Glossier is one of the most successful beauty companies. At one point, there were 10,000 people on a waitlist just for its lipstick. Glossier succeeded because it recognized that women enjoy sharing their beauty preferences, and gave them the tools to create content that enabled conversations around it. Glossier’s value is not in the sheer scale of its user base, but rather in the interactions within it.
Community– A retailer needs to encourage social connections among its customers. These will become its primary source of value and the key driver of competitive advantage. Social connections work best when created around an audience’s pre-existing passion, hobby or interest. High-design bicycle wear brand Rapha positions itself as a “vibrant ecosystem for road riders around the world.” In local Rapha Cycling Clubs, cycling enthusiasts can gather for events, rides, races and to bond with others.
Content– Content created by a retailer generates value even before a single product purchase or use of service. California-based fashion apparel brand Dôen creates social networks around its proprietary content. It consistently delivers through its blog Journal, where Dôen profiles the extraordinary stories of community members that others can have conversations around.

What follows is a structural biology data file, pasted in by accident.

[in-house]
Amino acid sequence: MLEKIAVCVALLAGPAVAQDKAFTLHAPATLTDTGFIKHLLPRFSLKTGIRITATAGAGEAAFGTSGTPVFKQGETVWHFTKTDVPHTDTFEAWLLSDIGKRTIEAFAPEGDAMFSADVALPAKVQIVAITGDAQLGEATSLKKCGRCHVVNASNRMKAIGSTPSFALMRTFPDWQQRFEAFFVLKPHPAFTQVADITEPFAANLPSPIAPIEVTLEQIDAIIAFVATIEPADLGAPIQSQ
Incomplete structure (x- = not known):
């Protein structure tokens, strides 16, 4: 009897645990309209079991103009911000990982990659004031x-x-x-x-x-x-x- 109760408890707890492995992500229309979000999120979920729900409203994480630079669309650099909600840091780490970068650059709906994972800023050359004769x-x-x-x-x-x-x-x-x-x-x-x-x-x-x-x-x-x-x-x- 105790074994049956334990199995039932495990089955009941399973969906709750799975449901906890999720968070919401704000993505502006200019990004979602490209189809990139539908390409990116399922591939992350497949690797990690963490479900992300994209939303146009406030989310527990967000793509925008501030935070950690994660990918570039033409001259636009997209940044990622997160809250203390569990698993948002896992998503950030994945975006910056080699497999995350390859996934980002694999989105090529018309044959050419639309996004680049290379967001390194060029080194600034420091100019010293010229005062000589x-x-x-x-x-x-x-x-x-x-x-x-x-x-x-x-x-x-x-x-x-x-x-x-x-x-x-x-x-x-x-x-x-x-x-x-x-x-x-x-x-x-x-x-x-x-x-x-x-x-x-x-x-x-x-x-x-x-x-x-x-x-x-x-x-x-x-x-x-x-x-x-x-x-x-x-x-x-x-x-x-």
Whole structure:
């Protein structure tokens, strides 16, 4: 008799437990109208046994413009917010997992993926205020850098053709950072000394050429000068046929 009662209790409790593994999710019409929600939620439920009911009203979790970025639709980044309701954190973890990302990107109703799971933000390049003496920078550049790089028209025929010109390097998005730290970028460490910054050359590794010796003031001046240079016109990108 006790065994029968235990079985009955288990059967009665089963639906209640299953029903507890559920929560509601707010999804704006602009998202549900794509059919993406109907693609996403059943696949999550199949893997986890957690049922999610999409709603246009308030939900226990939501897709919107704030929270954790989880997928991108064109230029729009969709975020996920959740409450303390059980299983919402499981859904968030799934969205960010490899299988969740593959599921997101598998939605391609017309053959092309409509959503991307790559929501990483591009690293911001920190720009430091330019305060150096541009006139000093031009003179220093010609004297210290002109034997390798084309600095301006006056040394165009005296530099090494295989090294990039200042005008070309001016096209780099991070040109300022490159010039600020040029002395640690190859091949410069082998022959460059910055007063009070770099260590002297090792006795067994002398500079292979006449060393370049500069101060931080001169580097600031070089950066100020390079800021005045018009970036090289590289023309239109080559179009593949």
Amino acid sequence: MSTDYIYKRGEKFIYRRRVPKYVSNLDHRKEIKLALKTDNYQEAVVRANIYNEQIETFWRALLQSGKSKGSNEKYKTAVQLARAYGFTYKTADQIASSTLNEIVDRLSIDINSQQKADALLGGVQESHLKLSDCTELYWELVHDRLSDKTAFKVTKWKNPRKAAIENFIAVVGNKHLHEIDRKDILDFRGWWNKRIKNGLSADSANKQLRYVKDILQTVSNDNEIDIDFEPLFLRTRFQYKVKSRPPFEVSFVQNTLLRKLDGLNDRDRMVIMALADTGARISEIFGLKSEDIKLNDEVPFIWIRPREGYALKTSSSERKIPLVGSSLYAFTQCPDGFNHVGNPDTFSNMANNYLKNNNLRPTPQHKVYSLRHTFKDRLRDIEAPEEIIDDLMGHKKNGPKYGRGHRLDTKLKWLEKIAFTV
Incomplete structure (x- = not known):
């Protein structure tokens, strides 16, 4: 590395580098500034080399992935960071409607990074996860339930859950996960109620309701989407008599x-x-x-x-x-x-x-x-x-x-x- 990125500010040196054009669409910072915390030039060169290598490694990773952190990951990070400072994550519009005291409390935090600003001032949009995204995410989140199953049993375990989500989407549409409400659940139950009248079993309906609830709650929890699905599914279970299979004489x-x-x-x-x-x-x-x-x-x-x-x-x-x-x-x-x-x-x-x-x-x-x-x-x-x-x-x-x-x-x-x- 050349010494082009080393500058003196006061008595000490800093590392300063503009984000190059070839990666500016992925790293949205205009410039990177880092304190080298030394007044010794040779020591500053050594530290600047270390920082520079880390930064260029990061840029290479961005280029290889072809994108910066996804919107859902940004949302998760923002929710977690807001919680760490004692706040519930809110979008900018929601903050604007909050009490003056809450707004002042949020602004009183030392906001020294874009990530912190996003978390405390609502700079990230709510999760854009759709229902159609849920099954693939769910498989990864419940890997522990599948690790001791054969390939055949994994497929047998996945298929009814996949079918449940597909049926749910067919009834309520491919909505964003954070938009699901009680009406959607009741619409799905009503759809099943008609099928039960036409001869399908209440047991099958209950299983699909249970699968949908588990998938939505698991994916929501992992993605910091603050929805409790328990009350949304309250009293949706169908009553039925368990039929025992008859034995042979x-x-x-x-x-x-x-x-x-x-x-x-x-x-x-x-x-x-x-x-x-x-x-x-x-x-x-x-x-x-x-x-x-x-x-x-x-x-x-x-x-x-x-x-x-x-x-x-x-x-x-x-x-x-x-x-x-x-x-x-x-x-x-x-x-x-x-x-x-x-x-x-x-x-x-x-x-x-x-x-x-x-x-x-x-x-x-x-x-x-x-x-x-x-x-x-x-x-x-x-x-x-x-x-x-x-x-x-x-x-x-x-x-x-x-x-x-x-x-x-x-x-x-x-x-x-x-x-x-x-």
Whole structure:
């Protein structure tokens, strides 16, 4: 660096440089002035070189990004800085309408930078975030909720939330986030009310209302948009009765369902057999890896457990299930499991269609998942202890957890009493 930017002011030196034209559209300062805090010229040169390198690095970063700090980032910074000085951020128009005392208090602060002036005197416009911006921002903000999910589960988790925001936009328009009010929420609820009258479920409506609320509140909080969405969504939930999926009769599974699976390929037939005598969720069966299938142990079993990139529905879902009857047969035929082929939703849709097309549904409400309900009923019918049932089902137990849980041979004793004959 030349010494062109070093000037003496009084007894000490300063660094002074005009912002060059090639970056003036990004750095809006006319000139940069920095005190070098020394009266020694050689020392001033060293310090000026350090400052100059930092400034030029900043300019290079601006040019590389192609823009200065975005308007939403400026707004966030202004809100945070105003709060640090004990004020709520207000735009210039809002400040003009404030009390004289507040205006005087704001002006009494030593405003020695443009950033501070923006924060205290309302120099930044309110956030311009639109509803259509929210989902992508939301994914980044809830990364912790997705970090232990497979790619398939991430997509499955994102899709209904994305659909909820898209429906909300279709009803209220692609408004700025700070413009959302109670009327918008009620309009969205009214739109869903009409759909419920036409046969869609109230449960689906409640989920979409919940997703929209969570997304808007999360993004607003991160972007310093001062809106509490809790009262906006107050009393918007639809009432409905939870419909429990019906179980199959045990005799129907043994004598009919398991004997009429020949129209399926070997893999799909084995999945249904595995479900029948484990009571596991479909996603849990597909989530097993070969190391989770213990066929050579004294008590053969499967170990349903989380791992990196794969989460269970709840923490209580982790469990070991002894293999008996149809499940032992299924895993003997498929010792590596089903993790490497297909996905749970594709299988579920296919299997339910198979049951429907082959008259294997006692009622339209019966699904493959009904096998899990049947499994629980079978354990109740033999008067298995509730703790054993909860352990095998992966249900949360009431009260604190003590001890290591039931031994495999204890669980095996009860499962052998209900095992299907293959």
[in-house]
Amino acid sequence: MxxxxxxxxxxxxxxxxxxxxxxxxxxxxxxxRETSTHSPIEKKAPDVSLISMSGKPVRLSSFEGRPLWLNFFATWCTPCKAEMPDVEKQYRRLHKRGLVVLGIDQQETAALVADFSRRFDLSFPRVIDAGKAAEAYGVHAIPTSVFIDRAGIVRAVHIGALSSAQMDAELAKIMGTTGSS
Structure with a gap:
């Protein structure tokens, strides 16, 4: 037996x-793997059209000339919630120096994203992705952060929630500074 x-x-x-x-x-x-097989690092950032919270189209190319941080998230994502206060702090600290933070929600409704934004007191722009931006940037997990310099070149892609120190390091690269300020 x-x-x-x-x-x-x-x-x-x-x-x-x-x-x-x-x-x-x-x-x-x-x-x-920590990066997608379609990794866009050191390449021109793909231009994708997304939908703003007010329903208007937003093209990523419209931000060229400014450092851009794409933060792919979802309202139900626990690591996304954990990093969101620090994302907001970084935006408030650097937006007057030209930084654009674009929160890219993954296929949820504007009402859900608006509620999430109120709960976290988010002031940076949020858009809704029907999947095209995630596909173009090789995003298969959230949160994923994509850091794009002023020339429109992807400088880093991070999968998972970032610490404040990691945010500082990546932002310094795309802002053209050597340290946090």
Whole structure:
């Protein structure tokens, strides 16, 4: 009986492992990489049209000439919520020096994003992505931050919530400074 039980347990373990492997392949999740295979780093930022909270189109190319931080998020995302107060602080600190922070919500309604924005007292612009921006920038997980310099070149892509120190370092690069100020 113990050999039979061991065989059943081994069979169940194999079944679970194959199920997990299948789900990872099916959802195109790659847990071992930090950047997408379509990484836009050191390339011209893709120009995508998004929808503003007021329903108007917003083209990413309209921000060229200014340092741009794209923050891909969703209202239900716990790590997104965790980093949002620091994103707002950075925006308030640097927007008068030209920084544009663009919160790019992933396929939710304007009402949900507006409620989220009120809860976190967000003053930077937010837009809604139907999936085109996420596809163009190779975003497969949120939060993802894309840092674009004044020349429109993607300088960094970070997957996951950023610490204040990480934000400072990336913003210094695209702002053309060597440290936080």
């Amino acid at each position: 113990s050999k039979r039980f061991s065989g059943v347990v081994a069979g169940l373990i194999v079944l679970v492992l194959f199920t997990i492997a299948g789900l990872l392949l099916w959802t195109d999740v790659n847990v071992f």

Curation-New customers can lower the value for a retailer’s existing fanbase. Retailers need strong curation and personalization of the customer experience. Adidas introduced Creators Club, a membership program that gives customers access to exclusive events, products and special offers.
Collaborations-Ask what else your customers are wearing, reading, listening to, experiencing and talking about in addition to your products or services. IKEA’s collaboration with streetwear brand Off-White aims at designing an affordable furniture collection to help them create their first home. It reflects the broader taste and aesthetics of their joint audience.
These elements impact how a company launches and markets its products.